Overall, I had a great time in Chengdu! I love the city and the people I met during the program really made the trip amazing. I would go back to China in a heartbeat, maybe a few different cities, but I can see myself spending more time learning the language possibly working there.
Best parts about this program:
The friends I made (cheesy I know, but they are amazing people).
The food! Oh my god, Sichuan food and Chinese food in general is the greatest in the world, and I am severely craving ShanDong jian bing!
Lui Ming. I hope he continues to teach the program in further years. He was the professor for some of the cultural classes, and he was the most honest and honorable professor.
Night life. The campus is ridiculously close to bar street, and little bar street so it makes the weekends super fun - definitely stop and get street skewers and play with a monkey on your way back.
Our Mandarin professor. Honestly dont know her name, we had a rough start, but by the end of the program that class was my favorite!
Cost of living. You can live like a king in China for really cheap! Im pretty sure on the of guys that went actually only spent like $400 while he was over there. (I may have broken the bank a little bit more haha)
The 'Tibetan' village trip. Absolutely a great time!
Worst parts about this program:
Some of the random lectures, i.e. environmental issues, international business. These were long, circular lectures. Most of us walked away from these wondering why we sat through it. Most had NOTHING to do with China.
Dawn, the university rep. She wasnt the nicest person in the world and didnt always tell us everything. She also might have copped an attitude with us a few times.
The misleading information given to us when we signed up. You dont stay in a university dorm, you stay in a hotel on campus. You dont go to a Tibetan village, you go to a BaiMa village, etc.
The weather. Okay this isnt really the worst thing about the program, but I definitely wasnt the most prepared for Chengdu weather. It rained A LOT, and it was super humid. I am not used to humidity at all so it took quite a while to get used to.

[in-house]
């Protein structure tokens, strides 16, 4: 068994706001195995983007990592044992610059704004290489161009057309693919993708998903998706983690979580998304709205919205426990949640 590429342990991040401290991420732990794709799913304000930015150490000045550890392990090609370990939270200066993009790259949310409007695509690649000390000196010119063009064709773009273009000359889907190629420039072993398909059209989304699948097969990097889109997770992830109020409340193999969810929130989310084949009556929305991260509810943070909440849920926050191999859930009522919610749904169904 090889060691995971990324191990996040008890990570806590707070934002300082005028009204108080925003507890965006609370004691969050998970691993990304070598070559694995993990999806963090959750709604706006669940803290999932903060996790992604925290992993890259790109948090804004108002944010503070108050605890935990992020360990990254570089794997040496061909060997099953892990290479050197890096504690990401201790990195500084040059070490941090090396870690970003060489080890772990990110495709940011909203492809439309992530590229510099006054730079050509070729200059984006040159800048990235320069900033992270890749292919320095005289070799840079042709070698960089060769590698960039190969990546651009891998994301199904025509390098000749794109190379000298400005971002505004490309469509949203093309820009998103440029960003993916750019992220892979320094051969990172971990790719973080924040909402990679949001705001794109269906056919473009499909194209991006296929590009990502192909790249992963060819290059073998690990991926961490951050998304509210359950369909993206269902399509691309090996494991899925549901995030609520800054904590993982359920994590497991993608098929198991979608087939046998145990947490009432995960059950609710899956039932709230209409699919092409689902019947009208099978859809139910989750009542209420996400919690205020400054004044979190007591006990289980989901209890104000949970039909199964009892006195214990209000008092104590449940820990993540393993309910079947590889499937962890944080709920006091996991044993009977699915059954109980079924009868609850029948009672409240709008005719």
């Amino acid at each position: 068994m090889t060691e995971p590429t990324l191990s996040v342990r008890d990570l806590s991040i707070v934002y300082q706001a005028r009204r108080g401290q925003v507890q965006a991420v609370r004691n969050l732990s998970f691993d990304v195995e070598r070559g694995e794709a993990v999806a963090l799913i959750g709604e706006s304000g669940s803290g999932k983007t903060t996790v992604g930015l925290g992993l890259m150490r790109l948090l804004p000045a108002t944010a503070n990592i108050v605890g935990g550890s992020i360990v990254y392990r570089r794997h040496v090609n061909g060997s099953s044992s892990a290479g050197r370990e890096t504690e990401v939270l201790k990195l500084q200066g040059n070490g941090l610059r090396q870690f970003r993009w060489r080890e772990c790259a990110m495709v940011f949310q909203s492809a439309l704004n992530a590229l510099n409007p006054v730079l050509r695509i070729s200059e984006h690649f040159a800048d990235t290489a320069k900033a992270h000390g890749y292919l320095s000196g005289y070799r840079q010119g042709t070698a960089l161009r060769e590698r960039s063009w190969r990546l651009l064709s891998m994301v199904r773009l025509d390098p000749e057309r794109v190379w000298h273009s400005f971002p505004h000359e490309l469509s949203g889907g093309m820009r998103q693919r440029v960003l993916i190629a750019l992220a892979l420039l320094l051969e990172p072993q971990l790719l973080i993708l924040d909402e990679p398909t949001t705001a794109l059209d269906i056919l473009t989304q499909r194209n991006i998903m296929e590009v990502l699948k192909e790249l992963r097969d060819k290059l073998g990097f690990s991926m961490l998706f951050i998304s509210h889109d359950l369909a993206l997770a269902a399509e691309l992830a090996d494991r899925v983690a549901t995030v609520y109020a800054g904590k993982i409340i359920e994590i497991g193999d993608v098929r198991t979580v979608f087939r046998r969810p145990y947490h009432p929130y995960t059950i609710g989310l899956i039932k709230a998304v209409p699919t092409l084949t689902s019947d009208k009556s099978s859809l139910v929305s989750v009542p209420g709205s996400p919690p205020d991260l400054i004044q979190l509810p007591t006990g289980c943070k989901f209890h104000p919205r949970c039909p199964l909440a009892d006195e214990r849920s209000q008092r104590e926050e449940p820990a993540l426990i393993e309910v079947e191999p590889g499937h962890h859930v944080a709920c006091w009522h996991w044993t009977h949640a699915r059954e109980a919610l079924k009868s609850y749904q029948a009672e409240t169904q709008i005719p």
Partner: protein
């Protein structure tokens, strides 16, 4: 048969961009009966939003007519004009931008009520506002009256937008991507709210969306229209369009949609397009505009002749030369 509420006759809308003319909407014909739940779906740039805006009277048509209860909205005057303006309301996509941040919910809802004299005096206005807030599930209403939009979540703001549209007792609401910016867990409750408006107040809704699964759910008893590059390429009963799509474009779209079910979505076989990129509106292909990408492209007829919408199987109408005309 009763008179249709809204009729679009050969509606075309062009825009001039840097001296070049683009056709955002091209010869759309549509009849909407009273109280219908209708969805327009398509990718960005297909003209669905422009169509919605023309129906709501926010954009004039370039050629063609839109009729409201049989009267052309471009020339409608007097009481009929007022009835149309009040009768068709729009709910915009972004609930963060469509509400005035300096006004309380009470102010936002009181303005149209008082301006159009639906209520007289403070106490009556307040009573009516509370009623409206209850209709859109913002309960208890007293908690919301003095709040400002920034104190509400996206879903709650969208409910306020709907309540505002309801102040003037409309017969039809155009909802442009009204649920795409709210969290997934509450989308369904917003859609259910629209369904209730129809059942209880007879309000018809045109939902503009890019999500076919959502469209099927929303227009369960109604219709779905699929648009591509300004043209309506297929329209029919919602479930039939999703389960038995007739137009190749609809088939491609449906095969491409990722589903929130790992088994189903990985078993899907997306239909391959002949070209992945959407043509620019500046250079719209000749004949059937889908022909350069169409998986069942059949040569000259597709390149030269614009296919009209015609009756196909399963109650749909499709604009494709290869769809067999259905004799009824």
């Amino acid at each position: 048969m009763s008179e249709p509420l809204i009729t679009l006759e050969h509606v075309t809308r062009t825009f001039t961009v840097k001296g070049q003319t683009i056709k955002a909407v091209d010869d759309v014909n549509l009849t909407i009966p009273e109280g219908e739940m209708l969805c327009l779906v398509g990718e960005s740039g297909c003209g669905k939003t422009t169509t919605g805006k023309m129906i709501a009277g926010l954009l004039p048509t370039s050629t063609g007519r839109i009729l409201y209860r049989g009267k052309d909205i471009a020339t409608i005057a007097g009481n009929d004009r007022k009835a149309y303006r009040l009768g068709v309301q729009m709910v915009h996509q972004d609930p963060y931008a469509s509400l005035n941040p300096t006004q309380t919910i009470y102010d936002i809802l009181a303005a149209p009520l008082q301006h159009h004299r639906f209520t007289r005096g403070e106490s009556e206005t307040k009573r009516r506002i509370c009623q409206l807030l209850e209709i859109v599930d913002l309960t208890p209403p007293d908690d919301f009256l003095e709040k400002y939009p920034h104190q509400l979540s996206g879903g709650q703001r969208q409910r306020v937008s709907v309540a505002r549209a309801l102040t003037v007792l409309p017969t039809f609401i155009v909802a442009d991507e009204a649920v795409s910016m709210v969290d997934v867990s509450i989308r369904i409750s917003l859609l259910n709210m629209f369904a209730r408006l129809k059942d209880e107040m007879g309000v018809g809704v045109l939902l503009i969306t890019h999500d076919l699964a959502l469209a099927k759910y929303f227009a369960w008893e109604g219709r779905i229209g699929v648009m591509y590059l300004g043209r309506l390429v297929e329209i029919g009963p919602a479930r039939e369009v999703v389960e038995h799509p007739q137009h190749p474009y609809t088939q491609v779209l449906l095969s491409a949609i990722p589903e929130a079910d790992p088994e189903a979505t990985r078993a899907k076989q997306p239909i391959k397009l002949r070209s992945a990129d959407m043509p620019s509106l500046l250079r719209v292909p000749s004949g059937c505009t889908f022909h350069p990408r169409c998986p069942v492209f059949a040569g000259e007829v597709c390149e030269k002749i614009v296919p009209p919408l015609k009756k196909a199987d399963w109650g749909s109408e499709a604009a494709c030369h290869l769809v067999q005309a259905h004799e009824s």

About the Tibetan village trip: This was one of the best nights I had during the entire trip. Sucked that we spent something like 11 hours getting there (7 hours driving, then the rest was lunch and stops because there was construction cramping our style and causing rock slides in the road) but only 14 hours, including sleep time, at the actual village. We danced with locals and had a goat roast and overall it was a great time. Unfortunately, we did not go to a Tibetan village. We went to a BaiMa village. They are not Tibetan. I don't know why AsiaLearn advertises it as Tibetan, and I don't know why the university representative led us to believe they were Tibetan until so close to the actual trip. Sometimes they can be grouped with ethnic Tibetans because they are a minority group but they do not even practice Tibetan Buddhism, but rather BaiMa. A person in my group even asked our Tibetan studies professor if they were Tibetan and he just said, "They don't think so."
I think everyone that did this summer program was let down. We felt a lot of the activities were falsely advertised. A couple of quick examples: One weekend the University representative explained the weekend would include a trip to the Leshan Giant Buddha, then an hour drive to Mount Emei, where we would stay on the mountain in a monastery and wake up the next day at 4am to watch monks chanting. After we would continue up the mountain to the giat golden Buddha. Unfortunately, we were misled. We stayed in Emei Shan City, which is not on the mountain at all, we stayed at a local hotel then walked to the monastery at 4am, where we all felt very intrusive walking around while the monks prepared the chant. We stayed for only about 20 min...
I dont want to discourage anyone from doing this, I just want them to know that the program was a little different than what we were led to believe. I had a great time. The city is a lot of fun and Chinese are really welcoming of Americans. Chinese students always want to hang out and practice their English and older people get a kick out of it if you arent Chinese. As far as safety goes, China is safest country I have been to. Cab drivers are extremely honest, and actually everyone is extremely honest when it comes to money. That doesnt mean people wont try and over charge you for a souvenir, but it does mean they will always give you your change. At night, I felt just as safe as during the daylight.
China is an amazing country that is rich in history and culture. It is beautiful in its own way and I would love to go back and travel more. Especially since that means I can eat more of my favorite foods like Beijing duck.